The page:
BP controlled the rig from stem to stern,
When the gas blew up that well recalling scenes of fiery hell,
It was a lesson everybody needs to learn.


As the rig sank in the Gulf Blow-out valves were not enough,
The oil geysered out that mile-deep hole.
When the weather got real rough and the problem seemed too tough,
We found out there was noone in the know.


As the turtles wash ashore and the seafood is no more,
The cause of it is easy to see why,
Just remember what they said when our oceans were not dead,
Drilling safely in deep water is a lie.


I’ll download the images I made to accompany the lyrics. If I were a singer I’d sing this song and work up a video with my images and any photos from the disaster useable without restrictions to post on youtube. But I am no singer.

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upper left corner, The Mullet Are Jumping

The Three Mulleteers

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lower left corner detail, The Mullet Are Jumping

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detail from The Mullet Are Jumping lower right corner

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The Mullet Are Jumping detail upper right corner

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The Mullet Are Jumping

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December 31, 2010

December 21 to 31, 2010. “The Mullet are Jumping”

The largest completed drawing this year is one of my several pieces in recent years celebrating the mullet, Mugil cephalus. It is a shame that a strange hairdo associated with rednecks has been named, apparently, after the mullet, since the fish is an impressive ancient species with credentials and assets far beyond more glamorous, beautiful and famous members of the same vertebrate class. I’m not sure who among the public think “mullet are jumping” is a reference to a male pony tail bouncing up and down.

My drawing is of a marsh with overhanging live oaks and a wide view of a bayou with several haloed mullet floating over water. The borders include text I’ve been using repeatedly in pro-mullet works, such as “food of the ancient Egyptians,” and “The gizzard is good the roe is supreme.” This fish is more than a common wild creature of the near shore but also an important food item for human beings.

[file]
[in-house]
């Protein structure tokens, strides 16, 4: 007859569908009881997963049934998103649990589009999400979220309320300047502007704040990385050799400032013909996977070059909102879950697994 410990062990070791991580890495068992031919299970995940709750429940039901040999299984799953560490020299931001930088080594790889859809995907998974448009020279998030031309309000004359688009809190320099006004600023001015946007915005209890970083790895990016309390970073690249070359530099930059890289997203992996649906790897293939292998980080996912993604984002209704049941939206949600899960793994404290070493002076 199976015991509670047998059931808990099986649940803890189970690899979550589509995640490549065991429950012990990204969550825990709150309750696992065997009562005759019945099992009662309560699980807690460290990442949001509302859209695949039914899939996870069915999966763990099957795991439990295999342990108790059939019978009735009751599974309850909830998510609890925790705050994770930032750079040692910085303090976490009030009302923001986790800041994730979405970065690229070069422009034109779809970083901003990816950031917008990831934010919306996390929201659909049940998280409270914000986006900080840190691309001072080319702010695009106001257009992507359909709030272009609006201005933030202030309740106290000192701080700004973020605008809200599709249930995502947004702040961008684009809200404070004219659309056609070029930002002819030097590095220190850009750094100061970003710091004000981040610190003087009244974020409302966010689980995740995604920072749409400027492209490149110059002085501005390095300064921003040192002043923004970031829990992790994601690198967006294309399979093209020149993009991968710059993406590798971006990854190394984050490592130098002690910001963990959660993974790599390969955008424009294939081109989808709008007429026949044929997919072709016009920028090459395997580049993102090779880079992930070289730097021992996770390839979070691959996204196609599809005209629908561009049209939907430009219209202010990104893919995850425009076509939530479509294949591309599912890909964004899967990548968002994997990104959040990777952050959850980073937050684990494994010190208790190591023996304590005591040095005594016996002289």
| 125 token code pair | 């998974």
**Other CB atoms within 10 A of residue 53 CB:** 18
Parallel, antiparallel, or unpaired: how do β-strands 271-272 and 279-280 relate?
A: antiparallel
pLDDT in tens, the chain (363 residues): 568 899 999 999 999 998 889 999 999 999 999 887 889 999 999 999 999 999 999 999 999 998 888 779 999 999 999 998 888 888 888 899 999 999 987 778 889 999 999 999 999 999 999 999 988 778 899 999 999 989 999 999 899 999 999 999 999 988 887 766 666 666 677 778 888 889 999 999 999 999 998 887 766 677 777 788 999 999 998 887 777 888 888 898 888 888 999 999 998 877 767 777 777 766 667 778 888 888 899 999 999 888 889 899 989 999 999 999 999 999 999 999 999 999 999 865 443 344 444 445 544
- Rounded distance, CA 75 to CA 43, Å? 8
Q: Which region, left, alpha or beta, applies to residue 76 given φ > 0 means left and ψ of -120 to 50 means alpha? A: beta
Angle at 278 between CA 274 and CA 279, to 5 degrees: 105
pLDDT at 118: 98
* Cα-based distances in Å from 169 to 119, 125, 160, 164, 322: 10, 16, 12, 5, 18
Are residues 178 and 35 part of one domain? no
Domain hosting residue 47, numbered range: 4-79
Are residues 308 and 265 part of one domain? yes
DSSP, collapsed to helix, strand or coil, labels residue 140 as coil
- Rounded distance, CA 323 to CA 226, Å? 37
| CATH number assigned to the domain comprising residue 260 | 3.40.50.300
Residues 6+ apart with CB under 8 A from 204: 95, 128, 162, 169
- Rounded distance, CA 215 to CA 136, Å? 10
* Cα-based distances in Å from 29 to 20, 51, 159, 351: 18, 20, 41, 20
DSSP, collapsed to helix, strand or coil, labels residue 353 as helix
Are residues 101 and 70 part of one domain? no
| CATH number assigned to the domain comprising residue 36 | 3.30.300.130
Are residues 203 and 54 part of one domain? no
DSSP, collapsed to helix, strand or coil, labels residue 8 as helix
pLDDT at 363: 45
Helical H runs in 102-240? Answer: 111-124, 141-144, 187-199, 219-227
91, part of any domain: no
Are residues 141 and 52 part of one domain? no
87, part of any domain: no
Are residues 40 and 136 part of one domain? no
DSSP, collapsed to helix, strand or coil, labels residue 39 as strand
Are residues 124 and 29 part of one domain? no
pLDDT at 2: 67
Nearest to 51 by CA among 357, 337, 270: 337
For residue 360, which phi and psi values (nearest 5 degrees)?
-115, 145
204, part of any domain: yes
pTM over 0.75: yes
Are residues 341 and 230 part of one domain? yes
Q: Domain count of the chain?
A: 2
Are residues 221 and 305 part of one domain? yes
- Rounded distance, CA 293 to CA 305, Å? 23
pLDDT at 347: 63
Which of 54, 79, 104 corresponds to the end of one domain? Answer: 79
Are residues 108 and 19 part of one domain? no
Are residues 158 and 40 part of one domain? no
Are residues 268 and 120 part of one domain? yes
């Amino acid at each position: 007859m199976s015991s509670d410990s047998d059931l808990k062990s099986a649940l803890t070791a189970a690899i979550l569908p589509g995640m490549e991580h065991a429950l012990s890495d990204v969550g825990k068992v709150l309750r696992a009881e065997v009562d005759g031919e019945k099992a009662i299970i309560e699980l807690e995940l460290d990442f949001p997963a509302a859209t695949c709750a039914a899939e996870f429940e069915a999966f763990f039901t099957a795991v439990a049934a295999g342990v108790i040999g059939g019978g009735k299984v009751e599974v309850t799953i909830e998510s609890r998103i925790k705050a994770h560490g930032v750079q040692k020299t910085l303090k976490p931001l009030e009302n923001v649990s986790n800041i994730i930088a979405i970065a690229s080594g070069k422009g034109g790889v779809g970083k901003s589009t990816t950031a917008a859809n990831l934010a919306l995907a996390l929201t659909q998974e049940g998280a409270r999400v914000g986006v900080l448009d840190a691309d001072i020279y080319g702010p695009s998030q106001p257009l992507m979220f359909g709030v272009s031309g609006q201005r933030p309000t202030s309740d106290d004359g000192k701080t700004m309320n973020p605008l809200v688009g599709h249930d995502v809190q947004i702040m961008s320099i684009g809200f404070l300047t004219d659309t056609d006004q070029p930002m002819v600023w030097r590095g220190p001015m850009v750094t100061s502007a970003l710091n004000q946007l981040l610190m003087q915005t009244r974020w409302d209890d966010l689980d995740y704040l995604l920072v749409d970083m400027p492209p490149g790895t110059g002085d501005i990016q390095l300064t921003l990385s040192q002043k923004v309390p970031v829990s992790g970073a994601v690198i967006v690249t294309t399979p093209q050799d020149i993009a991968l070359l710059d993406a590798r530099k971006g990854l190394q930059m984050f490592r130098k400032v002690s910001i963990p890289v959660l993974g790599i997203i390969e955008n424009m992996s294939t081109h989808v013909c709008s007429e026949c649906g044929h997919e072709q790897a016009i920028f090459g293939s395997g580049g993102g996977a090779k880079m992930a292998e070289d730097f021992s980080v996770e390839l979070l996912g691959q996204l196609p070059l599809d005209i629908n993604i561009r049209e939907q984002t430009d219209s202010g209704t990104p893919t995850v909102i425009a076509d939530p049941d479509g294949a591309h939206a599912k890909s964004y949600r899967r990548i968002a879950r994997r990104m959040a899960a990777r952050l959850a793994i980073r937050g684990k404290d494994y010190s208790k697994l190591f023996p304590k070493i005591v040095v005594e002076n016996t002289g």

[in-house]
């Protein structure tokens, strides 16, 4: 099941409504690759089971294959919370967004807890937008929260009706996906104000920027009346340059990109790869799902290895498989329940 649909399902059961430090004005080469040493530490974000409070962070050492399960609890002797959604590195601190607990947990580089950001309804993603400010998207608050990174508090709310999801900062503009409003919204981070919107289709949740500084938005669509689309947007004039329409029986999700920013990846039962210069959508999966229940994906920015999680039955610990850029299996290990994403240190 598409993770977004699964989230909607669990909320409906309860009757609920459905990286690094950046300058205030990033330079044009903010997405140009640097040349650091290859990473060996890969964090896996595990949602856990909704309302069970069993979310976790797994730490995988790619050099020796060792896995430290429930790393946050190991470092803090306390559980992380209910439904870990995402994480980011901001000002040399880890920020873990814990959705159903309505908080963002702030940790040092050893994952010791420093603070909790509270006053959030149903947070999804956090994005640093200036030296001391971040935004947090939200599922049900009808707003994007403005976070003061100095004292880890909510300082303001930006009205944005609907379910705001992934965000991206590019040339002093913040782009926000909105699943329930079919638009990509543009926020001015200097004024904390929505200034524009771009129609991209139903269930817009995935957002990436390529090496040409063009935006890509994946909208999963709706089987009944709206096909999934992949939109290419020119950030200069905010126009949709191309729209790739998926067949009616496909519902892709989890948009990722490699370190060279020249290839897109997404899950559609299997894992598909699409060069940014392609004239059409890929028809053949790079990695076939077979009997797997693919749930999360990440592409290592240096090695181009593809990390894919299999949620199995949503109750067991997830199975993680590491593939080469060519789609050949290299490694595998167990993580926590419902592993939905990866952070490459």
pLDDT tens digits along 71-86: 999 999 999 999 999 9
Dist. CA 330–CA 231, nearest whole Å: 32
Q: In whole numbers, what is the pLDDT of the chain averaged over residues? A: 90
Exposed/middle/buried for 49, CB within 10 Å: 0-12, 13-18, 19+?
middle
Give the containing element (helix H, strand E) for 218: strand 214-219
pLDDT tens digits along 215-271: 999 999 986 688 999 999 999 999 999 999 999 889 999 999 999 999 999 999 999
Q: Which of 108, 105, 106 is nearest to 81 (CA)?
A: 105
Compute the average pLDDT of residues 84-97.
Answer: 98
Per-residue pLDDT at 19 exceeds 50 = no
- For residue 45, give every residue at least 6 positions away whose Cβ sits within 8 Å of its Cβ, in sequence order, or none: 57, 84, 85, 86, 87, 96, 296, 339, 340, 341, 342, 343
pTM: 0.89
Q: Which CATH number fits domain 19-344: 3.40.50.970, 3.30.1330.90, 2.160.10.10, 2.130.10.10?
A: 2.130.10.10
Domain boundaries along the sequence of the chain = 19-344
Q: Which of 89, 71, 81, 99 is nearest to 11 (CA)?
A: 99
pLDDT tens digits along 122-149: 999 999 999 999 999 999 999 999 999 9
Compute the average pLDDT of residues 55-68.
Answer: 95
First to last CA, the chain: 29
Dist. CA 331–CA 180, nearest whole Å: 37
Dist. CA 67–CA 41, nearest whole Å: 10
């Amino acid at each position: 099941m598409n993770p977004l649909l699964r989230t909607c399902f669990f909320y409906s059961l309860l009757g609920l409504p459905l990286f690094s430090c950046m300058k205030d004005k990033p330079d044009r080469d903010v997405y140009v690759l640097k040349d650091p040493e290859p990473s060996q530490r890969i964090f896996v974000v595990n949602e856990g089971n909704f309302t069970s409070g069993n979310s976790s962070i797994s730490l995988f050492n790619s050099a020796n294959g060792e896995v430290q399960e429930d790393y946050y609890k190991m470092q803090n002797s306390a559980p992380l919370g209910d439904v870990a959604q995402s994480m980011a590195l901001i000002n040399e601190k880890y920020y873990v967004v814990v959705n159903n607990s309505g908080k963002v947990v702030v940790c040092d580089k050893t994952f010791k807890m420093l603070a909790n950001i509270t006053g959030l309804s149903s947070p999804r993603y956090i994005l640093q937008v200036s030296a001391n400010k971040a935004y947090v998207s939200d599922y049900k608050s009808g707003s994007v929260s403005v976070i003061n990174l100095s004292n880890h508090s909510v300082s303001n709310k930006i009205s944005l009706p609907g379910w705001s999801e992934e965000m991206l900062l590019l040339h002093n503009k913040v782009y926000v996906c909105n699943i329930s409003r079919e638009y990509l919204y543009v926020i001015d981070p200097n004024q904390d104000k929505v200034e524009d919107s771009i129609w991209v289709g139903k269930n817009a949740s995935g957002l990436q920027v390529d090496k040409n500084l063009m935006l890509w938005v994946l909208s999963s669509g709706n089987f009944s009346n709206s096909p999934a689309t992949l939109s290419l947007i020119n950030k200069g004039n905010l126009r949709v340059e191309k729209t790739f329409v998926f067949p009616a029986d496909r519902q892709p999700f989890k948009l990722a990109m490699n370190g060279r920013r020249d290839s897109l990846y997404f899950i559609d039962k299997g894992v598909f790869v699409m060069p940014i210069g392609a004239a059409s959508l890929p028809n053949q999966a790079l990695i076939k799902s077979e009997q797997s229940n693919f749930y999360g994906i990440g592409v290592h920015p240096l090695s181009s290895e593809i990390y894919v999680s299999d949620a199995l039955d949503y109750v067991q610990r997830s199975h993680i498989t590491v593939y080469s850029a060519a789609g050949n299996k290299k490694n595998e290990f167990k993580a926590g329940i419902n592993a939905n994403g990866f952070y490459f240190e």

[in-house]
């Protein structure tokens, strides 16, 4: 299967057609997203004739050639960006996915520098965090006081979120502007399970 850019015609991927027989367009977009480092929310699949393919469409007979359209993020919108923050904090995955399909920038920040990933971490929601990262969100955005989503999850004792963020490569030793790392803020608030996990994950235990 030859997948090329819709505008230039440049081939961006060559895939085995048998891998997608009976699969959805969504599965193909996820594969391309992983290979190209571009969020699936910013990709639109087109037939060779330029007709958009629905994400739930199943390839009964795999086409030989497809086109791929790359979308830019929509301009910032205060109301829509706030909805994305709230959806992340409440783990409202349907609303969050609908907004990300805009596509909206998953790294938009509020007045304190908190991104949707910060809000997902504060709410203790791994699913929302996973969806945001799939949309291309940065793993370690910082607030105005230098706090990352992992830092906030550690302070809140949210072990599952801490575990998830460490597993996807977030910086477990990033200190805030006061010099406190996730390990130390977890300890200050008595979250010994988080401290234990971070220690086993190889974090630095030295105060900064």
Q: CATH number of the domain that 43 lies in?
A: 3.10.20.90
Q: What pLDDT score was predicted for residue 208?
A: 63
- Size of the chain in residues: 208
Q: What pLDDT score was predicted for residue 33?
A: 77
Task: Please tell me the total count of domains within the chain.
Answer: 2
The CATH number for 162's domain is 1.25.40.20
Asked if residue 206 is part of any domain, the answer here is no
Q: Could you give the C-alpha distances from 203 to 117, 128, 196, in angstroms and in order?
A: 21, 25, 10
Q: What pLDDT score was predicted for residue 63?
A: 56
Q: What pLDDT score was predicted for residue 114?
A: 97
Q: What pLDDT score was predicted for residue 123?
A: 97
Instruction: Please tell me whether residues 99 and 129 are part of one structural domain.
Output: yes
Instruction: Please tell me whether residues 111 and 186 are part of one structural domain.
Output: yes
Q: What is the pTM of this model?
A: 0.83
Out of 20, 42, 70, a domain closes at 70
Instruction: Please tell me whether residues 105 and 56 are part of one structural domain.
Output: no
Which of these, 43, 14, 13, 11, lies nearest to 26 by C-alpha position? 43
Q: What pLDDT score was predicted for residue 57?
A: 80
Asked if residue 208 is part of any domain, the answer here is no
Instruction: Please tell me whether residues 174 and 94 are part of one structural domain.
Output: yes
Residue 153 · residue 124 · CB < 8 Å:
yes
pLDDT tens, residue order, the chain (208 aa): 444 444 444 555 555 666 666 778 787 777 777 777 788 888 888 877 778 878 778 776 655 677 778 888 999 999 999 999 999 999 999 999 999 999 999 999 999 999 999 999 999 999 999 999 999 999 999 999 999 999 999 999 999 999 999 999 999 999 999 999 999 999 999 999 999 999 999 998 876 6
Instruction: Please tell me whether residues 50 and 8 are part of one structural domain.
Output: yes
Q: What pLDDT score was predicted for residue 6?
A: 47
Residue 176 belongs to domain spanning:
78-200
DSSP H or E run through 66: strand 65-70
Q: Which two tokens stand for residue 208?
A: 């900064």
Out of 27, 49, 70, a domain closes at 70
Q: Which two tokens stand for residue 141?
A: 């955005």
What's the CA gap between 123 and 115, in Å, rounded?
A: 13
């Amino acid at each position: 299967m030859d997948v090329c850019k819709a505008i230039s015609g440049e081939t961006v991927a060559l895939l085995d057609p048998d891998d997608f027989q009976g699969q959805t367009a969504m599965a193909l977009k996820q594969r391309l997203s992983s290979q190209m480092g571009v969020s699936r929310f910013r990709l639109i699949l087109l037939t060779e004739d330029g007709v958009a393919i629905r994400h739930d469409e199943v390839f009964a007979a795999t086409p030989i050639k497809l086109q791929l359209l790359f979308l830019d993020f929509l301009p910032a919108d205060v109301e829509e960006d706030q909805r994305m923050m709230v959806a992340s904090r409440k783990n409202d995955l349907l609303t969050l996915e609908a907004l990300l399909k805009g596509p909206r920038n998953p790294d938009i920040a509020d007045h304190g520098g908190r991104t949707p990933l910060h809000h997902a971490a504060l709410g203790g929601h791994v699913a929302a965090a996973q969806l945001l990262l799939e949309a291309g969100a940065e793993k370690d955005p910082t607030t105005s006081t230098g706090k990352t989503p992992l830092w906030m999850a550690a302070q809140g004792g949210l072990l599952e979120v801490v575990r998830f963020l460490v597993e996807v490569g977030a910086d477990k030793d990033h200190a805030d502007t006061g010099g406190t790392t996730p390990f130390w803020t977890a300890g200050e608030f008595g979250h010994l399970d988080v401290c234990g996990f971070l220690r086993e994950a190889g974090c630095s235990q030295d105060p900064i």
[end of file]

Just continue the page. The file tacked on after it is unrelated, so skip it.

The four corners of the four-foot by six-foot drawing are each a vignette: “The Three Mulleteers,” “Aliens Recruit Dead Celebrities to Catch and Export Mullet,” [Dissection of a Mullet], and “Jesus Ate Mullet.” In keeping with artwork being in the realm of fiction made more complex by the addition of facts subject to falsification, my vignettes obviously include both. I’ve enjoyed coining the term “Mulleteer” for one who fishes mullet particularly with a mullet “gun,” which is a term sometimes used for a cast net. I mention in this piece the two nets most commonly thrown: the bag net which has extra mesh hanging around the weight line and kept orderly by short brails between the webbing and the lead line, and the common bait net called the “brail net” which has brails strung between the lead line and the handline with a slip ring which holds the top of the webbing sewn from the slip ring down to the lead line without any extra baggy mesh. The brail net is mostly used for catching small fish and shrimp and usually has a 1/4” mesh. Both types of net can catch mullet but the bag net on the northern Gulf of Mexico is the main “mullet net” or “mullet gun” used for that purpose.

Mullet were eaten by the ancient Egyptians. Mullet were eaten by the people of the Gulf of Mexico since people arrived. The fish is large-eyed, and in seafood markets– where a croaker family species is sold as “ground mullet”–distinguished from this white meat carnivore as “popeye mullet.” Mullet is a cheap fish. It is relatively easy to catch in quantity and its meat is darker from more blood and oil in the meat —most of the oil is in the skin. This fish is second to none if fried fresh, but its flavor can be strong-tasting if pan seared. It is best smoked so that the oil can blend with oak, hickory, pecan or cherry wood to make a golden-colored meat with a flavor recalling woodland and bayou as it dissolves in the mouth, something only smoked salmon could achieve with more rocky and northern stream impressions in the place of the bayous below wooded bluffs.

The yellow roe as depicted under the fillet knife in my upper right corner of “The Mullet are Jumping” is no more bright yellow-orange than the actual roe mullet produce during the October to January time of year. This yellow roe is often fried but disappointing to eat, in my opinion, because the granules, the millions of eggs, are dry and not very flavorful. My Father figured out long ago to smoke the yellow roe and see it congeal into a smoked golden whole that is rich with the fish-egg flavor and the sting of smoke on the tongue with none of that dry separating mass of little eggs filling the mouth almost like filling it with cotton.

The white roe is good as well but it is not easy to cook since it is more fluid and jelly-like. I’ve been feeding the white roe to my cats raw who enjoy it immensely. However, it tastes much like oysters when smoked for four or more hours so that the fluid in it solidifies and it ends up tinged brown from the wood fire. If I am ever short on oysters I’ll exploit the white roe.